roman X Is The spanish BowOver the last four weeks, a very curious phenomenon was recorded by disbelieving career counsellors. They found that more children had said they wanted to be "orthopaedists" than known before, marking the highest percentage increase for any "dream profession" in India since 1974 (where the vocation "angry young man" was popular). Not surprising, for Indian superstars have long influenced not only career choices, but also knowledge of the human anatomy. If there ever was such an award, the Gray's Prize for Improving Knowledge of the Body would go to Sachin Tendulkar.
If this award had been there for a few years, then Sachin would have won this award more than once, surely back (pun intended?) in 1999. Such is the power of the Indian star, whatever field he may be in. Sometimes, I feel that Warholian theories of "15 minutes of fame" must also extend to body parts. But on reflection, I find that, like in life, some have more fame than others.
Cricket fans will be familiar, to the point of being extremely pally, with the likes of the hamstring and the groin. Some may even boast of more than a nodding acquaintance with the webbing (when, employing a "tennis" prefix as is fashionable, it can become the "Ivanisevic" webbing). The keenest may sneer at these and hold intimacy of the "rotator cuff" as a distinction between the pundit and the rest (whom he considers part of the crowd of hoodlums who're there for the bottle throwing). But it truely takes the star to popularise an anatomical adjunct to front page news.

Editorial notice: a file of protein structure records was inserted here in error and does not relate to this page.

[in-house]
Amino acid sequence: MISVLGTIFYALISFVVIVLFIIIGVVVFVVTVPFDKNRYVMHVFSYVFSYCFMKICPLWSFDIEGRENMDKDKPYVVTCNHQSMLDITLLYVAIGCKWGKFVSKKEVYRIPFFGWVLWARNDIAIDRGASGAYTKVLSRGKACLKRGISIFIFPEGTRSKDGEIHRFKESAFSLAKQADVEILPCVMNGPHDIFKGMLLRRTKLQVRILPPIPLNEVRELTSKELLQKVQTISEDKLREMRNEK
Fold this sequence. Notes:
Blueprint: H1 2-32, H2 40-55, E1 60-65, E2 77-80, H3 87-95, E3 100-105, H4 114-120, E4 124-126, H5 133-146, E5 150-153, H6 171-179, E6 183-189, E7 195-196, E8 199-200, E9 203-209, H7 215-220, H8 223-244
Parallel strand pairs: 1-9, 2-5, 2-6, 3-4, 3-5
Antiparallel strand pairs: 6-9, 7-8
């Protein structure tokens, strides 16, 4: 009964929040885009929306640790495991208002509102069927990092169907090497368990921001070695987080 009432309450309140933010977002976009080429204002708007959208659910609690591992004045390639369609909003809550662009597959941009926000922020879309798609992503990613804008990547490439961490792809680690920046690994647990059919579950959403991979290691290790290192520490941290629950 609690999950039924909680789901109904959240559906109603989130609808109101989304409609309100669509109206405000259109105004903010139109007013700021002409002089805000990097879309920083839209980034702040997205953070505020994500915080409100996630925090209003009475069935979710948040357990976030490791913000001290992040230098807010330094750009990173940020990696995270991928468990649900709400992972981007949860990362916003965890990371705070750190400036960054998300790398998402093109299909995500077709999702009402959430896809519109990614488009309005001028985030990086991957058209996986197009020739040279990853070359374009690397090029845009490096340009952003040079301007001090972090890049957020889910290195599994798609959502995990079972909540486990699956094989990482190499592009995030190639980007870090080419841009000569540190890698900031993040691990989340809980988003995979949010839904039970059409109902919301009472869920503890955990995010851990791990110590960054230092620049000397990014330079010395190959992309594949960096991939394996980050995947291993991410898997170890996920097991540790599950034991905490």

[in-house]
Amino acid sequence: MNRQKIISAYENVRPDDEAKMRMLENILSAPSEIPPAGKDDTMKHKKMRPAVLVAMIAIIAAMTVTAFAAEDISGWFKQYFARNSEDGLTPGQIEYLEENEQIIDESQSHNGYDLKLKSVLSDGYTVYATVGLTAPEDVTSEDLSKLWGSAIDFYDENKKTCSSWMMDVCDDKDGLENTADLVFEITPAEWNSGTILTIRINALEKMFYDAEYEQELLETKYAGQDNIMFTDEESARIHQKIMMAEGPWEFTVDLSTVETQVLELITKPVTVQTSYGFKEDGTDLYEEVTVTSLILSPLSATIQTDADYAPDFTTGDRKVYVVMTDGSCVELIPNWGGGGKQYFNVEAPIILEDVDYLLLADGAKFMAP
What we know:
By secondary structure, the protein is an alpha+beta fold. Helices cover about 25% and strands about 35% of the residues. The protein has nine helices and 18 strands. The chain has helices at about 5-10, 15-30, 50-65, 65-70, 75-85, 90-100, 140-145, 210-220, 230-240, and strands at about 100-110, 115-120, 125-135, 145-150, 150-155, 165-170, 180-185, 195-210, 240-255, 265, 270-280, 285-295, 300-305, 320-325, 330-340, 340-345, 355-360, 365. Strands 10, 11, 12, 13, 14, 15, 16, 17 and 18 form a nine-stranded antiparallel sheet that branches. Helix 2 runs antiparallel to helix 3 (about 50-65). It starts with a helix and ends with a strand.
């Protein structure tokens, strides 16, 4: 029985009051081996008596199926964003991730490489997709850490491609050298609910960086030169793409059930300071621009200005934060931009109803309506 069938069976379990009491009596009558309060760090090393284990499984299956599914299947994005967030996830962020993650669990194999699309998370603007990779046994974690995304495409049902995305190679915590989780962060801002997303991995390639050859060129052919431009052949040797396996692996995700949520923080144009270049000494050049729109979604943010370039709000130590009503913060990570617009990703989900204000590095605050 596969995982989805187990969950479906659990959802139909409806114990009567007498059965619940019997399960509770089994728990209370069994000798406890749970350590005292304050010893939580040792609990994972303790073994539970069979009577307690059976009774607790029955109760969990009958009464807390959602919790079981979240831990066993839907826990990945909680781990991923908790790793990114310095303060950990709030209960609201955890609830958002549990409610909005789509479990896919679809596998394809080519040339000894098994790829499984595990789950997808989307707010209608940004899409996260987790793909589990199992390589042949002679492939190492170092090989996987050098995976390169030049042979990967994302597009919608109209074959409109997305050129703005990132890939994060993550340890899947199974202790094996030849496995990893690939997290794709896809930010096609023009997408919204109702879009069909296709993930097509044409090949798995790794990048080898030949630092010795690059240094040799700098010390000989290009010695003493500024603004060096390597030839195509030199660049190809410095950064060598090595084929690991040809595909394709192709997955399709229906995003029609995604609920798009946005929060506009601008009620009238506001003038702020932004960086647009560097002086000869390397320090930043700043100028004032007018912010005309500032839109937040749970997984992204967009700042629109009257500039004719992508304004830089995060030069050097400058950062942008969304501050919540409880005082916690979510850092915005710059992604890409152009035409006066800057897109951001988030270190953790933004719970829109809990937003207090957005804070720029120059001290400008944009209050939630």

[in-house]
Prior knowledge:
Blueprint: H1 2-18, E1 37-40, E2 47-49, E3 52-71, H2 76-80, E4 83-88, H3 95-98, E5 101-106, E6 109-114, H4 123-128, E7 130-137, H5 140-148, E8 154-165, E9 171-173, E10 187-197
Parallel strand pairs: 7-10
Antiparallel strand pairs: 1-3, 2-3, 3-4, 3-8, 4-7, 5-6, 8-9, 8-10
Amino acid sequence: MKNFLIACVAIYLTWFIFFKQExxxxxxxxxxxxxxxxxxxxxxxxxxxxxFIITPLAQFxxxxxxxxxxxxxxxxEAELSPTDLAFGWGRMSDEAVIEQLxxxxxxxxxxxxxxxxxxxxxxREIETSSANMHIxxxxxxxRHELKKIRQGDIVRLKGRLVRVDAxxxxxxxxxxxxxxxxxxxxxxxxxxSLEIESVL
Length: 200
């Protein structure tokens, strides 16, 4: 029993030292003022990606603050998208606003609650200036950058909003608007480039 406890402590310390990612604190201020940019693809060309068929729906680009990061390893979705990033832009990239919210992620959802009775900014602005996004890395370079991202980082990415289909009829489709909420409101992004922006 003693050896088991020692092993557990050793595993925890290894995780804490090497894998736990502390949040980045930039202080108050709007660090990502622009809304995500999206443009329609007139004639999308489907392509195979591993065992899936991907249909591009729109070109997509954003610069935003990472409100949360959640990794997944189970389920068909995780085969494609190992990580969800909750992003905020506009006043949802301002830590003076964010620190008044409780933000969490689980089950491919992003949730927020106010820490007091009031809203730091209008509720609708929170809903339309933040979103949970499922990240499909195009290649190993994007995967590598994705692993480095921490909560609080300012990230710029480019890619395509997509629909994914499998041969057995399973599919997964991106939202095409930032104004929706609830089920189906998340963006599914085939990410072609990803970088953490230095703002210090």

You don't believe me? Oh, you're one of those who wants stats, I see. I'll give you one, Vitalstatistix. Google's Zeitgest reported a sudden increase in search results containing the word "tennis" in the last month. Only Maria Sharapova's Wimbledon crown in July motivated more numbers of Web searches this year (which gives the ITF something to think about - now they need cricketers to make tennis popular). Hardly anyone knows what the tennis elbow is (and I'm one of them), but it's become the in-thing, the prefix of choice. There may be nothing official about it, and it certainly has no feel-good factor associated with it, but it just caught on nevertheless.
Among past hall-of-famers has been the good old Sachin "back". Beckham's something too. How about Vajpayee's knee? Going back about 20 years, Amitabh (and Puneet) made the mid-riff popular, and any kid born in the 60s can still describe the technical differences between the spleen and the diaphragm. Poor Ricky Ponting has to come to India one Test early to get his thumb some footage for nobody gave it a damn in Hobart.
Ending as usual with a few dirty puns, this blog makes no bones about the fact that the print world merely makes hay while the pun shines. A column has to elbow its way among all competition in a 5-mile radius to tickle the funny bone, which cannot be done as a knee-jerk reaction. Armed to the teeth, it has to muscle its way into your eyeballs but will at the end, desist from being the proverbial kabaab-me.n-haDDi between the doctor and his patient.
This blogger sincerely apologises for making humorous mileage of other people's misfortunes, and wishes the celebrities and their specialists well. He knows how they really feel, having suffered a debilitating sporting injury to the right index finger playing Minesweeper, and merely wants to cheer them up